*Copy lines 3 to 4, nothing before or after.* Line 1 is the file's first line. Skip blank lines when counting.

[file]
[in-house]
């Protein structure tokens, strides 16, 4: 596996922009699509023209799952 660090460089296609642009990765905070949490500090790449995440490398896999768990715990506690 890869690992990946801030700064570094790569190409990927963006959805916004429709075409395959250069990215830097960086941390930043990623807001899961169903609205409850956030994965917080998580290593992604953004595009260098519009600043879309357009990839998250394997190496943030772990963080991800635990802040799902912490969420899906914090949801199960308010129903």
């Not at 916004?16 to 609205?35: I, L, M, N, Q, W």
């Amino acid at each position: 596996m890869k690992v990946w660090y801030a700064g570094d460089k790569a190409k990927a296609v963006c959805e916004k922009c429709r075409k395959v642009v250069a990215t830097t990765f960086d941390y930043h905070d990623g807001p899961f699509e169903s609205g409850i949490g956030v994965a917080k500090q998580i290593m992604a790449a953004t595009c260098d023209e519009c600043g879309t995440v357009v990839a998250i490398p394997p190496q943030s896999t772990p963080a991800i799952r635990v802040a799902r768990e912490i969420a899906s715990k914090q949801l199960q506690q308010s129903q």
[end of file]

């Not at 916004?16 to 609205?35: I, L, M, N, Q, W």
């Amino acid at each position: 596996m890869k690992v990946w660090y801030a700064g570094d460089k790569a190409k990927a296609v963006c959805e916004k922009c429709r075409k395959v642009v250069a990215t830097t990765f960086d941390y930043h905070d990623g807001p899961f699509e169903s609205g409850i949490g956030v994965a917080k500090q998580i290593m992604a790449a953004t595009c260098d023209e519009c600043g879309t995440v357009v990839a998250i490398p394997p190496q943030s896999t772990p963080a991800i799952r635990v802040a799902r768990e912490i969420a899906s715990k914090q949801l199960q506690q308010s129903q």